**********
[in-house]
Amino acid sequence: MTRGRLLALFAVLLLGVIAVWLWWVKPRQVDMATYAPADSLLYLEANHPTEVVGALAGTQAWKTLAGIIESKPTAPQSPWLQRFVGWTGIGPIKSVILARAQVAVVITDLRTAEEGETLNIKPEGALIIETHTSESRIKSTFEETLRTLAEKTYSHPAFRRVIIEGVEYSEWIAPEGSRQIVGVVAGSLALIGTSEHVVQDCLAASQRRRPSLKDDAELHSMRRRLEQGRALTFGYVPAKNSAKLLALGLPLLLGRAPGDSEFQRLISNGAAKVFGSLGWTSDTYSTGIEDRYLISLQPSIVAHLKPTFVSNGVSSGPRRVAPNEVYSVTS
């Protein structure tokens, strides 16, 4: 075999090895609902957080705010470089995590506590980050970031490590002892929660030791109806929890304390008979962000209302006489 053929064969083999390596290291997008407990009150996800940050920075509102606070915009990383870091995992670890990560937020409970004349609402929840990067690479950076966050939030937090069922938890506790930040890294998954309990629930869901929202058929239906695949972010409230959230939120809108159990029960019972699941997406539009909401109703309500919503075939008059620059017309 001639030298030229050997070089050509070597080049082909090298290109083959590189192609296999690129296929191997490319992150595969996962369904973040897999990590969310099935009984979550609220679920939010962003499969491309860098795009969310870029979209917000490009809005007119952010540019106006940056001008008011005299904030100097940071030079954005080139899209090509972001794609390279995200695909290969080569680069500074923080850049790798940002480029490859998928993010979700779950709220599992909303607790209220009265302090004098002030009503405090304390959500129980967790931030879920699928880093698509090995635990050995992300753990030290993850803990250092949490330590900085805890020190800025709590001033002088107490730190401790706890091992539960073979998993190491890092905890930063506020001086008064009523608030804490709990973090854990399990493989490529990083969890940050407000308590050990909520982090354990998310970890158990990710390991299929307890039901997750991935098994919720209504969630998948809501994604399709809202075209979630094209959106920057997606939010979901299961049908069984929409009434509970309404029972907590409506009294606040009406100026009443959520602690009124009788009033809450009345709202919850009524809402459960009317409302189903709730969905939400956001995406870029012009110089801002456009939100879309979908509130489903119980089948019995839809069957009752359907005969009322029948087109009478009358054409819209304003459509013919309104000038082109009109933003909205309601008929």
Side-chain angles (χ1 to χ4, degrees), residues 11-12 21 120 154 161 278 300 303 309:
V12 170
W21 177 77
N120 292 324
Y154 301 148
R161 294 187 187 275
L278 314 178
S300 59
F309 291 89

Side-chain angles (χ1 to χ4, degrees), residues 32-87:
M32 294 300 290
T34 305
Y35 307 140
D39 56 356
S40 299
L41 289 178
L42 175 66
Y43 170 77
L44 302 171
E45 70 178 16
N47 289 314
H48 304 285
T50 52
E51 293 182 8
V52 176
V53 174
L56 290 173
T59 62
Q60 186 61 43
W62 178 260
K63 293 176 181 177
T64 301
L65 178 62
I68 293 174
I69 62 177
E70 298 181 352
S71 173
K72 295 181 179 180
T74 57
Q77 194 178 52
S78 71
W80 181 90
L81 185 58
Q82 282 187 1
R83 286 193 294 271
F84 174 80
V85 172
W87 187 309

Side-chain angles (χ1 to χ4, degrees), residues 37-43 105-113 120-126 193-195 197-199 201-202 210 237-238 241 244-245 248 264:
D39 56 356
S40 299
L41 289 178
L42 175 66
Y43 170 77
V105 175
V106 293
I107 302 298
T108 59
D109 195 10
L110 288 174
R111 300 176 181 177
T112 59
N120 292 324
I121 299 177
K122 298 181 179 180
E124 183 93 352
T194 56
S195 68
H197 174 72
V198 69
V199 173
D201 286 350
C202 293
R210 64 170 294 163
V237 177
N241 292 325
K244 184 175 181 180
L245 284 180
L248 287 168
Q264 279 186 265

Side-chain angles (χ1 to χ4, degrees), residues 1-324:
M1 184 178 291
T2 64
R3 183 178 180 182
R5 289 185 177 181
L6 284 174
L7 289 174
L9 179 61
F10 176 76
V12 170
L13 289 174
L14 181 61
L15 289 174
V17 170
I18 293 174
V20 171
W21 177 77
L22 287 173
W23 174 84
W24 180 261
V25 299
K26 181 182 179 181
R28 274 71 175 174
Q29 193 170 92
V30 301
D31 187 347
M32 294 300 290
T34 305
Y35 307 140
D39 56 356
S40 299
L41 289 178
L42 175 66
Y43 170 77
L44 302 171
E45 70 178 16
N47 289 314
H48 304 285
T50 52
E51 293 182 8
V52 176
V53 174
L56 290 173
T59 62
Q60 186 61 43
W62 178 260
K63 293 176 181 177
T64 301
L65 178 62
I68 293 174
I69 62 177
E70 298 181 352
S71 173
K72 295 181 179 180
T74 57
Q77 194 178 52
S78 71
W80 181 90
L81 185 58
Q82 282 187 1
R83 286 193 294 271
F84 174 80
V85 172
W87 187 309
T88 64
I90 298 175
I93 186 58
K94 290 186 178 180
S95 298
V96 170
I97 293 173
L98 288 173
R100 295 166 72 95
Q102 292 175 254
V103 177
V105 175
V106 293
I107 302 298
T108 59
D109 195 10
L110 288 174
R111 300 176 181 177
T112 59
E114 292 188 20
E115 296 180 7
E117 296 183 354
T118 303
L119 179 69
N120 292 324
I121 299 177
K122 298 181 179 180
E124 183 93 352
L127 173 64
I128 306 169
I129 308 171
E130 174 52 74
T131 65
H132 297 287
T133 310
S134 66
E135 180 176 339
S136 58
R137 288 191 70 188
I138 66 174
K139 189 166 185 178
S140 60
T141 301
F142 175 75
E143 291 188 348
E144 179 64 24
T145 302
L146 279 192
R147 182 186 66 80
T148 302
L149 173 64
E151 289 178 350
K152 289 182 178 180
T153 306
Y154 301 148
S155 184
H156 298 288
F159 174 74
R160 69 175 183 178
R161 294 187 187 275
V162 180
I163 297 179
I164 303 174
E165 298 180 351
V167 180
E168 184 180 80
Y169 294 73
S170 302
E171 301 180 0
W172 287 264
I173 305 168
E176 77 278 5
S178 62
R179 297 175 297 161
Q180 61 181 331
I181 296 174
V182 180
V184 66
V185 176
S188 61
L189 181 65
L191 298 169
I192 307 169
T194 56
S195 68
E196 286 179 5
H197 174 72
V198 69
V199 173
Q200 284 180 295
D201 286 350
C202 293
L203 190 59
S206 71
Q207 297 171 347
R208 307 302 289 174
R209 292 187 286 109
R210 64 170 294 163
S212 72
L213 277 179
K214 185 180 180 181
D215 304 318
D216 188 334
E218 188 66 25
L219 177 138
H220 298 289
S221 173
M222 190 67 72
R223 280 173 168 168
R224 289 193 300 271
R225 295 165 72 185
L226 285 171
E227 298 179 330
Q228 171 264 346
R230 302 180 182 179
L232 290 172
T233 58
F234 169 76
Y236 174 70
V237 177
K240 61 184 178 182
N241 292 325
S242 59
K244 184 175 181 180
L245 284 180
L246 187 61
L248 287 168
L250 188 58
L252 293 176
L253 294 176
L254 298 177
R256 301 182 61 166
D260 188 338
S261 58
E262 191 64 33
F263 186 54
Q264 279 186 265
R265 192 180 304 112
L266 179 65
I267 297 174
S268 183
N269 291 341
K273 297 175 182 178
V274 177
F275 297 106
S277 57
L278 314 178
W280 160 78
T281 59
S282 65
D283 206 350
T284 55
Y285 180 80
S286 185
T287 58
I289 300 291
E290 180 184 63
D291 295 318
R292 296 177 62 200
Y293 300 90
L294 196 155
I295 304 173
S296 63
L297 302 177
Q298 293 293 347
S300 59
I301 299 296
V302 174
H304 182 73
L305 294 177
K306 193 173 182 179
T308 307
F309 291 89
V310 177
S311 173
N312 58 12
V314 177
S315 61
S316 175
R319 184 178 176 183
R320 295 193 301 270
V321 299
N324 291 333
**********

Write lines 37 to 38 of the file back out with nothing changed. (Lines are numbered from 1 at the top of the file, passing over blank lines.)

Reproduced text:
I68 293 174
I69 62 177